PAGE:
"As a father, I was just trying to support my daughter and get people to stop hating," Gene Leonhardt said.
Diane Leonhardt said the entire experience has been frightening.
"When this first started, we were very afraid,' she said.
Last year, Jessi's said her social life had largely been confined to her computer. She told ABCNews.com that most of her friends are online.
"I don't really get along with people from school that much," she said. "They don't like me because they see me and they think I'm weird."
On Stickam, which has had its share of controversy over a proliferation of child pornography images, Jessi would chat back and forth with her cyber friends.
She was also active on the teen gossip site Sticky Drama. It was there, she said, that her nightmare started when another user took a picture of Jessi and a friend at a concert off the photo-sharing site PhotoBucket and posted it along with the rape allegation.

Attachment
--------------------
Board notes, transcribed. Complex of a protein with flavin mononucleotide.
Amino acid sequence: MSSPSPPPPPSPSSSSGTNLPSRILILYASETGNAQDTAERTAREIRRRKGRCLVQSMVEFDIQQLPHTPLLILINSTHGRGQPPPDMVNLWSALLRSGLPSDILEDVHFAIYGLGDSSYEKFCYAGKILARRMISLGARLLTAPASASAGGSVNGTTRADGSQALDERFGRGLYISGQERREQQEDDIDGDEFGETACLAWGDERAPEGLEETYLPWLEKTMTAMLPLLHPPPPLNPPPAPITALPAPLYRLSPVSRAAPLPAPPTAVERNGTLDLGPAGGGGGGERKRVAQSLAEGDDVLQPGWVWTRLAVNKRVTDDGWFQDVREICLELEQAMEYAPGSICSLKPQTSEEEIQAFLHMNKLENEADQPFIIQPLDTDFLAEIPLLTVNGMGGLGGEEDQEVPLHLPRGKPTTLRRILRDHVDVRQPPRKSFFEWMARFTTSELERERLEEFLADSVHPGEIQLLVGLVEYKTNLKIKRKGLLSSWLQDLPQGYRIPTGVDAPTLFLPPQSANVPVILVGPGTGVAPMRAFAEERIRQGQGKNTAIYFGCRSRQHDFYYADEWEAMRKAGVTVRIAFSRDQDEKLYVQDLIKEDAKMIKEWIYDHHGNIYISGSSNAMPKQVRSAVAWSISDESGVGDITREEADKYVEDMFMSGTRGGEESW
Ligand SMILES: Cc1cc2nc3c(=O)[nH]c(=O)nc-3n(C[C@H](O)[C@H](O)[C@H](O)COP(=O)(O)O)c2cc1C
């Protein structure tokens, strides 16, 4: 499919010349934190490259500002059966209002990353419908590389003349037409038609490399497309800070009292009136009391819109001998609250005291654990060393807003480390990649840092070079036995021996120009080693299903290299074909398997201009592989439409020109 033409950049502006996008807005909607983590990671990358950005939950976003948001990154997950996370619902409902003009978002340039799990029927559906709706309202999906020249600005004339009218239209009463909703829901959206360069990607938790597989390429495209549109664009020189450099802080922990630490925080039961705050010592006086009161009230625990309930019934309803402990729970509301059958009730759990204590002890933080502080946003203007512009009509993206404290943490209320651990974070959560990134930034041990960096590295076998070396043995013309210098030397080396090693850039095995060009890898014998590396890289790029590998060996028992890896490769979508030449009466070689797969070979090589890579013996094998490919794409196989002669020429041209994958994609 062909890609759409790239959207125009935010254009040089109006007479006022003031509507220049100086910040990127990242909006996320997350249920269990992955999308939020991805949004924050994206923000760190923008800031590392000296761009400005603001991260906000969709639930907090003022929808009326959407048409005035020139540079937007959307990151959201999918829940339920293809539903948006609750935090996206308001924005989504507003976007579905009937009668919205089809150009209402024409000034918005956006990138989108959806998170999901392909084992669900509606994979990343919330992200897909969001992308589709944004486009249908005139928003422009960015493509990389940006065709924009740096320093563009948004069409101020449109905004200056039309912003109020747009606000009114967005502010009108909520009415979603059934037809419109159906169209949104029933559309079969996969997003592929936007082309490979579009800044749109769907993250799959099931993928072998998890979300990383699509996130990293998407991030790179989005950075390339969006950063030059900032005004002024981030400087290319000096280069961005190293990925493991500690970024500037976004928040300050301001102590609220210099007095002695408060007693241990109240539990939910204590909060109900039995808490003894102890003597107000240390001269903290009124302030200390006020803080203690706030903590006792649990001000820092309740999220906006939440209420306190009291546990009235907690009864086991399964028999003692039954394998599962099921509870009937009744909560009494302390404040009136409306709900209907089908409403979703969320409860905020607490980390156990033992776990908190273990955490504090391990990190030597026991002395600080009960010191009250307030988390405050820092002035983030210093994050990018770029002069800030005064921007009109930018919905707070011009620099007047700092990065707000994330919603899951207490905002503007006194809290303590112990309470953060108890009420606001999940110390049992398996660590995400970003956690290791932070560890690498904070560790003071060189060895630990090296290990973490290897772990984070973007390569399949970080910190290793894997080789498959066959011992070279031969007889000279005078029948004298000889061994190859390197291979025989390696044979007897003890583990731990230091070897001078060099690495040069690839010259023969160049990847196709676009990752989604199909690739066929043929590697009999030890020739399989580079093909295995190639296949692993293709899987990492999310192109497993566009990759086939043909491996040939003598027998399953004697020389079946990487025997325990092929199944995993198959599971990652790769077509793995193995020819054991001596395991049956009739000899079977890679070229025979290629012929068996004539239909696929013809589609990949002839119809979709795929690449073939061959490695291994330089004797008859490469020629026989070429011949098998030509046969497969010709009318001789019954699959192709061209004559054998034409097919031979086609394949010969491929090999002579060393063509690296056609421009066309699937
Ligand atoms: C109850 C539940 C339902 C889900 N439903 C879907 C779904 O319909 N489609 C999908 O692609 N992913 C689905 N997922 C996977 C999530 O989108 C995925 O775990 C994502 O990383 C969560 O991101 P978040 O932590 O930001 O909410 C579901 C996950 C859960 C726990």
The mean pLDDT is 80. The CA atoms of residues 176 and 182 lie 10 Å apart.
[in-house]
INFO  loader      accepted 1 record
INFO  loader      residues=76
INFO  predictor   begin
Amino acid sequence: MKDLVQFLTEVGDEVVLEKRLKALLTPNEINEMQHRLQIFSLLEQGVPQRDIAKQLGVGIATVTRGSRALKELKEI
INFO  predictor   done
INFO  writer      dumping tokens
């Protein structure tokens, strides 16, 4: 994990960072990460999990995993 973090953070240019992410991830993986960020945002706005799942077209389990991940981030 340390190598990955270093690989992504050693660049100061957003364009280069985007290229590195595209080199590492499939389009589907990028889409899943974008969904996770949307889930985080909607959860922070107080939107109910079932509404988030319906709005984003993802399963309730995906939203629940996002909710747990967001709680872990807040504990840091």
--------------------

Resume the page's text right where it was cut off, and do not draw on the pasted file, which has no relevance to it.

But Jessi, whose account has since been removed at Stickam, insists she's not too young for this kind of activity.
"I think age doesn't really matter," she said. "It's the person -- him or herself ... and how they deal with that."
Jessi told "Good Morning America" that she was sent to a mental health facility when authorities believed she might be suicidal. She insisted that she wouldn't kill herself, but said she could understand how someone could be pushed over the edge.
"I think that's completely wrong that people would taunt people to some degree that they would actually kill themselves over it," she said. "And that's actually completely wrong and whoever is doing it should be locked away for a really long time."
Internet security expert Parry Aftab, founder of WiredSafety.org, agreed that this back and forth of online rants and cyberbullying should have been stopped before it ever got to the point where Jessi was receiving death threats.
"At some point we need to have an adult in charge," she told "Good Morning America." "Don't try to take it into your own hands."